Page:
I had learned my lesson about "camping" long ago and there were a few things that I had decided I preferred to do without and that included "sticks and stones" breaking my bones. After riding the iron beast all day, the iron beast I had purposefully lowered the suspension on so I could reach the ground causing it to ride like a rigid frame, having said Iron Beast shove your tail bone three inches higher than normal when you hit a bump or a pot hole, you really begin to appreciate the small comforts in life.

That first night on the cot and the harrassment I received was well worth it. Particularly, when I unzipped my tent and climbed out to go circulate amongst the other hillbillies and I noted the number of them walking around, bent over, rubbing parts of their bodies.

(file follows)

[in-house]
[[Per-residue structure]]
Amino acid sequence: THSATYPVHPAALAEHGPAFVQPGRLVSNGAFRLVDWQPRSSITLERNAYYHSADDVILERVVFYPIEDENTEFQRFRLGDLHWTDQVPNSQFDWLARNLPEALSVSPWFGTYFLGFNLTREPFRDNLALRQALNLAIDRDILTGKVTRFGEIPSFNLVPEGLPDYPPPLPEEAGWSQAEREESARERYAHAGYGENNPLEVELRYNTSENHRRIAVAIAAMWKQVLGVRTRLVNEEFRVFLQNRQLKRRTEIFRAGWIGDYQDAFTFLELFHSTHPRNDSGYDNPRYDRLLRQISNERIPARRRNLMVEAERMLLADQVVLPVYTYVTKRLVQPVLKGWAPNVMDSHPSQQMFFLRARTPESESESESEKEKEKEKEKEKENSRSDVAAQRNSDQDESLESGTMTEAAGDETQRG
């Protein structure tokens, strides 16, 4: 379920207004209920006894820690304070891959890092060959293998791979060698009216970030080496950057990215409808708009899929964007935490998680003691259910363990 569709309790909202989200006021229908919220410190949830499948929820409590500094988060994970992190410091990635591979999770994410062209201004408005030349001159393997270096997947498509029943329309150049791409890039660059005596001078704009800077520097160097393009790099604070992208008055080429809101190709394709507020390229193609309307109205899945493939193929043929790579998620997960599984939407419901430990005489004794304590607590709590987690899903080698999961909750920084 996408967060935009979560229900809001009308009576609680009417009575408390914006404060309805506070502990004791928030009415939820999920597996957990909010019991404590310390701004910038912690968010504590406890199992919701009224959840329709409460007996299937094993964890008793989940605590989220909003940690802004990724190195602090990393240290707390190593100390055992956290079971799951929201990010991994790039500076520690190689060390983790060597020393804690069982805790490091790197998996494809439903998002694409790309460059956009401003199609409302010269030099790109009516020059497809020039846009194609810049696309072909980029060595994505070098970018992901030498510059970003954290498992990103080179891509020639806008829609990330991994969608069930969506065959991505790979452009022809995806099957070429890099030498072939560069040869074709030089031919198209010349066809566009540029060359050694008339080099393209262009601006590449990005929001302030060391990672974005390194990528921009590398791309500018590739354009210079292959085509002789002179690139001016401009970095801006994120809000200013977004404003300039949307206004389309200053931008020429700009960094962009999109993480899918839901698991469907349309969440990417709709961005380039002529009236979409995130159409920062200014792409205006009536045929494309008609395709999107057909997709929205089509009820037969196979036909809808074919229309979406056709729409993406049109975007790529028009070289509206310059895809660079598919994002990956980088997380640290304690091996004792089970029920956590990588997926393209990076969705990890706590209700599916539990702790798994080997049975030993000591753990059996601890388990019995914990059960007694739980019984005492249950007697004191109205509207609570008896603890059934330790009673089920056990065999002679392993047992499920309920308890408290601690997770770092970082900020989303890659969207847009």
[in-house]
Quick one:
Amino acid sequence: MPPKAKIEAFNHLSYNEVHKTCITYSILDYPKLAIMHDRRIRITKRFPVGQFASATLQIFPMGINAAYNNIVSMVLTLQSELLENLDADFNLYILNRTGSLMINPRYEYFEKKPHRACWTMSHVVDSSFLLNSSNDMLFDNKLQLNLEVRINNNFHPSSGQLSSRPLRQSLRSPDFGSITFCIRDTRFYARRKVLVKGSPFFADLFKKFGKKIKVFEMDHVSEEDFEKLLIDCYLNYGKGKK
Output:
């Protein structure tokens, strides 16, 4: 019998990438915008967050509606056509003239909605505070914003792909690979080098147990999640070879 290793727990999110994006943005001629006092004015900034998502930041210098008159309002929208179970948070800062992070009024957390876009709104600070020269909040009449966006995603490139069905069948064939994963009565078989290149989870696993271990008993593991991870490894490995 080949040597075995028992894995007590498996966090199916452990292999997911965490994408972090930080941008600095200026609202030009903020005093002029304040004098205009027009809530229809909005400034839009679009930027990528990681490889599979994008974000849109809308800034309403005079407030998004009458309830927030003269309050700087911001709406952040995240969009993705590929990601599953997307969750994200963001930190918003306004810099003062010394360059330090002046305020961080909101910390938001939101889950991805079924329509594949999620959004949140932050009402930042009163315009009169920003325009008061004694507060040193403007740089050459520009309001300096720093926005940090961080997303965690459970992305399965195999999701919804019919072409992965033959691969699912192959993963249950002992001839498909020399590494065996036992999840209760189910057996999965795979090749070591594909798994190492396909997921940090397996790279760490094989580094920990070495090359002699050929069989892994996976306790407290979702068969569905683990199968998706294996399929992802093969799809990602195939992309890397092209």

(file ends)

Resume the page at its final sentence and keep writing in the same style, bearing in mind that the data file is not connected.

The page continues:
Yeah, who's the wimp now?

Actually, I didn't say that. I'm too polite so I just grabbed a can of coke, flopped down in my little camp chair (also purchased for 20 and folding up small enough to fit in my "camp bag"), I just raised the can to my lips, smirking behind it as I surrepticiously watched the dance of the crooked people from behind my sun glasses. My parents told me I should always cover my mouth if I was laughing impolitiely.

The rest of the crew stumbled out and finally flopped in their chairs as if they could go no farther and digging blindly in the cooler for their caffeine fix. Except Aunt Jeanie. She'd brought a small percolator to set on the fire and prepare a few cups of coffee. Some mornings when I needed the "strong" stuff, she'd poor me a cup and, for once in my life, I'd drink it black, no sugar.

After the rest of the crew finally meandered out of their tents, flopped in their chairs and at least 15 minutes of silence broken only by three word sentences and grunting replies, Aunt Jeanie finally broke in and said that Heidi recommended a nearby lake where we could go and swim in the "swimming hole". She figured she'd bring sandwich stuff if we brought soda and chips or anything else we wanted.